Magnesium

The key to good health, the spark of life

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Magnesium

The key to good health, the spark of life

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More blood tests with CPT codes

What about Hormone-D?*
Pssst…. I bet your doctor never told you that Vitamin D is really a hormone.

Testing is the Key to Hormone-D


In order to have intelligent conversations about your vitamin D status, we ask that you complete 4 lab tests.  Vitamin D has become so main stream and most of us do not understand the dangers to over supplementing.  It is only because we care and want you to make an informed choice.

1. Magnesium RBC (Red Blood Cell): it’s the KEY catalyst for creating “Storage” and “Active” forms of this Hormone…

2. 25(OH)D blood test: it’s the measure of the “Storage” form, the precursor to “Active” form of this Hormone…

3. 1,25(OH)2 D3 blood test: it’s the measure of the “Active” form of this Hormone…

4. “Ionized” Serum Calcium blood test (NOT a standard serum test!): given that Calcitriol’s JOB in the body is to put MORE Calcium into the blood stream, it only makes sense to know exactly how much you have there already, right?…

So, please, look BEFORE you take a “D”ive!


http://gotmag.org/testing-is-key-to-hormone-d/

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The Vitamin D Controversy


In this article Morley  Robbins explains the path Hormone-D takes in our bodies and his opinion as to why not to use it.


http://gotmag.org/the-vitamin-d-controversy/

Vitamin D Deficiency = Mg Deficiency. Period.


Magnesium plays an important role in helping your body’s Vitamin D status.  Make sure your getting enough Maggie along with animal based Vitamin A throughout the day to raise your D naturally.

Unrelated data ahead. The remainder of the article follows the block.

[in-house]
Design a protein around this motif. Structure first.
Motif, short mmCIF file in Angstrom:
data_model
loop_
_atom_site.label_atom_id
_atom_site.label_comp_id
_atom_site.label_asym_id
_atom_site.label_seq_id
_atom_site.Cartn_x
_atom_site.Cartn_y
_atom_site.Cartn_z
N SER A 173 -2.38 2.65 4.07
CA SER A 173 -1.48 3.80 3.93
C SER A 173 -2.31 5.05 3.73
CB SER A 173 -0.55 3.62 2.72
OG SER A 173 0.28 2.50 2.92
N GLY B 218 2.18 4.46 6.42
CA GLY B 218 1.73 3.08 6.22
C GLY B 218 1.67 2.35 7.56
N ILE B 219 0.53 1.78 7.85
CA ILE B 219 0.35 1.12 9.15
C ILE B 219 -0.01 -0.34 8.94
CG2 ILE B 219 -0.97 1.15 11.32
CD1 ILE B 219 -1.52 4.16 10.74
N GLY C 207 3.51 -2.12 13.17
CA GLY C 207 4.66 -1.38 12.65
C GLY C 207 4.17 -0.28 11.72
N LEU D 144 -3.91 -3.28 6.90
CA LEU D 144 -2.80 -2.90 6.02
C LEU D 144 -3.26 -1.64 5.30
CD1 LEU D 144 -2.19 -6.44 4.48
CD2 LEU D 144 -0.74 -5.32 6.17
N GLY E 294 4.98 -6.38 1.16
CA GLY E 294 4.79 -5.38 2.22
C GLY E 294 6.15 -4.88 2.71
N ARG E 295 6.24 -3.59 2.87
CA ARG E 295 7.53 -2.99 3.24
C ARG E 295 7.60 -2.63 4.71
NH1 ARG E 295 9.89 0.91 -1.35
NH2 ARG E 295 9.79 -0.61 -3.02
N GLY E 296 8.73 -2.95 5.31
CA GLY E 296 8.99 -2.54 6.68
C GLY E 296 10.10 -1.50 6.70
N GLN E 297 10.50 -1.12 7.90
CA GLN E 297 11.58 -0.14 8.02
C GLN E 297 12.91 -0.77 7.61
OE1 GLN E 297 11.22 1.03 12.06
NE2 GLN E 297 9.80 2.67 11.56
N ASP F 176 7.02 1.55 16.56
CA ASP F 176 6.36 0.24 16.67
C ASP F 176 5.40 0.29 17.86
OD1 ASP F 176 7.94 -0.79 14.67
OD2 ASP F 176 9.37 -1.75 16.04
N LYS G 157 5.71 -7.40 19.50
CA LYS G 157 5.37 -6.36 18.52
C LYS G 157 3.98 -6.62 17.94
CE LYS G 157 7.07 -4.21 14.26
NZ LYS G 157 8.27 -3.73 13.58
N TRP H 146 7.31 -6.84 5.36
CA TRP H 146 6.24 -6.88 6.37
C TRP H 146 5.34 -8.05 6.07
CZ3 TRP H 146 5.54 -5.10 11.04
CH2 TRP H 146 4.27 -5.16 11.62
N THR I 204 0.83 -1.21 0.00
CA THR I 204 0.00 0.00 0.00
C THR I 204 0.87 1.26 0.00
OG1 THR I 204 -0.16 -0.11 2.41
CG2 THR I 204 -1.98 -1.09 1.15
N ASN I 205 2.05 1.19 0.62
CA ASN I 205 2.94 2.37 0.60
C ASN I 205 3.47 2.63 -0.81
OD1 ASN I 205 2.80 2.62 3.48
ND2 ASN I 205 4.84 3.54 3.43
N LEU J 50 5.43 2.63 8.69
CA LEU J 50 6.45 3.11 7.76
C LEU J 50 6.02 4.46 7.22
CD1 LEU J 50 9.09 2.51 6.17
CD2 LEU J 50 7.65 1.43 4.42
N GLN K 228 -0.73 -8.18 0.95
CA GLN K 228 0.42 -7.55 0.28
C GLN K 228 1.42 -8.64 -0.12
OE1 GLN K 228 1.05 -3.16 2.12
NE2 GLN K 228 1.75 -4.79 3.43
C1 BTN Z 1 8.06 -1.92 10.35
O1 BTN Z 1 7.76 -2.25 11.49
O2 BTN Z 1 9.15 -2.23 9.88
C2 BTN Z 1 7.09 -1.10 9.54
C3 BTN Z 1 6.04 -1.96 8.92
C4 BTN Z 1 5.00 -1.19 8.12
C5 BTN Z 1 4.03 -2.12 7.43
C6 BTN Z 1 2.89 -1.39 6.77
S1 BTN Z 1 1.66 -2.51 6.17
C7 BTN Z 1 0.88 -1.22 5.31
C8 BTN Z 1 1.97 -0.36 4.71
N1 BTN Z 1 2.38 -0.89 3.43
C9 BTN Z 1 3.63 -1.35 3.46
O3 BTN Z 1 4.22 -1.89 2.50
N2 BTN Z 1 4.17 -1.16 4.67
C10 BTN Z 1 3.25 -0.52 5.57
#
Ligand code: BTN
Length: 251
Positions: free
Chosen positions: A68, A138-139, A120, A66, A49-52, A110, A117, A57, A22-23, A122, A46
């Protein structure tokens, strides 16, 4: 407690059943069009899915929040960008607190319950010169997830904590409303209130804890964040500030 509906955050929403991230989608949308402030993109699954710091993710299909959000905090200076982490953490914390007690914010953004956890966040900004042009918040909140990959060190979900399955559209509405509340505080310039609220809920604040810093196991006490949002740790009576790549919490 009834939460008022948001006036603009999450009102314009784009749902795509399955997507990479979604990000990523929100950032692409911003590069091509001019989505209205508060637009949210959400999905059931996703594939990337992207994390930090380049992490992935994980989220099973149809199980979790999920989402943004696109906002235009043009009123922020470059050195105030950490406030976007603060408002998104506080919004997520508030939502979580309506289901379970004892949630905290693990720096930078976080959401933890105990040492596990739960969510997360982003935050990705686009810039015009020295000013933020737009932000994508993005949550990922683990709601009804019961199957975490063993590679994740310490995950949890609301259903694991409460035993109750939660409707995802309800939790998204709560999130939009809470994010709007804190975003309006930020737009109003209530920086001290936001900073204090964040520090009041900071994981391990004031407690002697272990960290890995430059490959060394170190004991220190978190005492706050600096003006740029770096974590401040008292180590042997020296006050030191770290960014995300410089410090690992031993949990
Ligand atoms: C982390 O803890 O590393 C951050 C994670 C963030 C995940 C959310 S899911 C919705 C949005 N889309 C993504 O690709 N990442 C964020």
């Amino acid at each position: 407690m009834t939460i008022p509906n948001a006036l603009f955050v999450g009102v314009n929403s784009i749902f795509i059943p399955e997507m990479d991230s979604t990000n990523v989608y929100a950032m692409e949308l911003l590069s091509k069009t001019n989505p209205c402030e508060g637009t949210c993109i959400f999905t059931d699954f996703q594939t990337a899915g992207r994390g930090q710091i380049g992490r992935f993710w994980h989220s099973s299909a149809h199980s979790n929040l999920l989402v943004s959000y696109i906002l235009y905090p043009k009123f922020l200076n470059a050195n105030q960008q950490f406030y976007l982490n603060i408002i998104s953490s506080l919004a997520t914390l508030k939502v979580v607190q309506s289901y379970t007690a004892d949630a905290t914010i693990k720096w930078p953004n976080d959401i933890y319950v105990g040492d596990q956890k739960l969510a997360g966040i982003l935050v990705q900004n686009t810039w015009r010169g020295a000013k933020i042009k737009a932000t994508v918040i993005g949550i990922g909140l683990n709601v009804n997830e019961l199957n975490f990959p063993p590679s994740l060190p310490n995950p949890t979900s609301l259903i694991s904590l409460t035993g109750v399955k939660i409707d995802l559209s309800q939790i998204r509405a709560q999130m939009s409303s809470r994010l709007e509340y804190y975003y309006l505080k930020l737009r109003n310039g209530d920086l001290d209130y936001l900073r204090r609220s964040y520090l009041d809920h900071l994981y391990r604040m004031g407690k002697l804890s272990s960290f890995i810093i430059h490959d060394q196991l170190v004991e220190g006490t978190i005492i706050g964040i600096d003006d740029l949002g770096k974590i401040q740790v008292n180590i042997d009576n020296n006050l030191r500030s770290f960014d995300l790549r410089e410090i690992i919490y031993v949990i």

http://gotmag.org/vitamin-d-deficiency-mg-deficiency-period/


Hormone-D, Mastery of the Minerals


Understanding all the minerals and systems that Hormone-D has an effect on is confusing but very necessary.  Food for thought when your Doctor tells you your Vitamin D is low and hands you an RX.


https://www.facebook.com/groups/MagnesiumAdvocacy/779576175443787/

Simple Explanation of Hormone-D    

(Vitamin D is really a hormone.)


Simply put, there are two Seesaws with Hormone-D:


o Seesaw #1: the balance of Active Hormone-D (1,25 Hydroxy) which your doctor NEVER tests to Storage Hormone-D (25 Hydroxy) which is what is ALWAYS tested... They ride on a rail together…


o Seesaw #2: the balance of Calcium to Magnesium... They, too, ride of a rail together..

                                   
Now, this is the most important part:


o Magnesium & Storage Hormone-D are tied together...
o Calcium and Active Hormone-D are tied together…


So, when Storage Hormone-D is LOW, this is what it REALLY means:


1) Magnesium is likely deficient or certainly Low...
2) Active Hormone-D is HIGH -- they are on a seesaw!
3) Calcium is ALSO HIGH -- again, it's on a seesaw with Magnesium…


And, when Storage Hormone-D is low, it means you need Mo'' Magnesium (and Mo' Cholesterol) in your diet...

Worrying about Hormone-D in isolation of these OTHER critical components of your overall health is very risky business...



How to Get the Tests.

Your doctor can order the four “D” blood test for you and your insurance should cover the cost.

Otherwise, those in the USA can order the tests themselves via requestatest.com.

Test Results.

1. Magnesium RBC - 6.5 mg/dl with 7 mg/dl being heaven.

2. 25(OH)D - nothing over 24 has any clinical beneifit

3. 1,25(OH)2 - should be no more the 1 to 1.5 times of 25(OH)D

4. “Ionized” Serum Calcium

Now, what to do? The “D”ilemna.

”D”angers of isolated vitamin D3.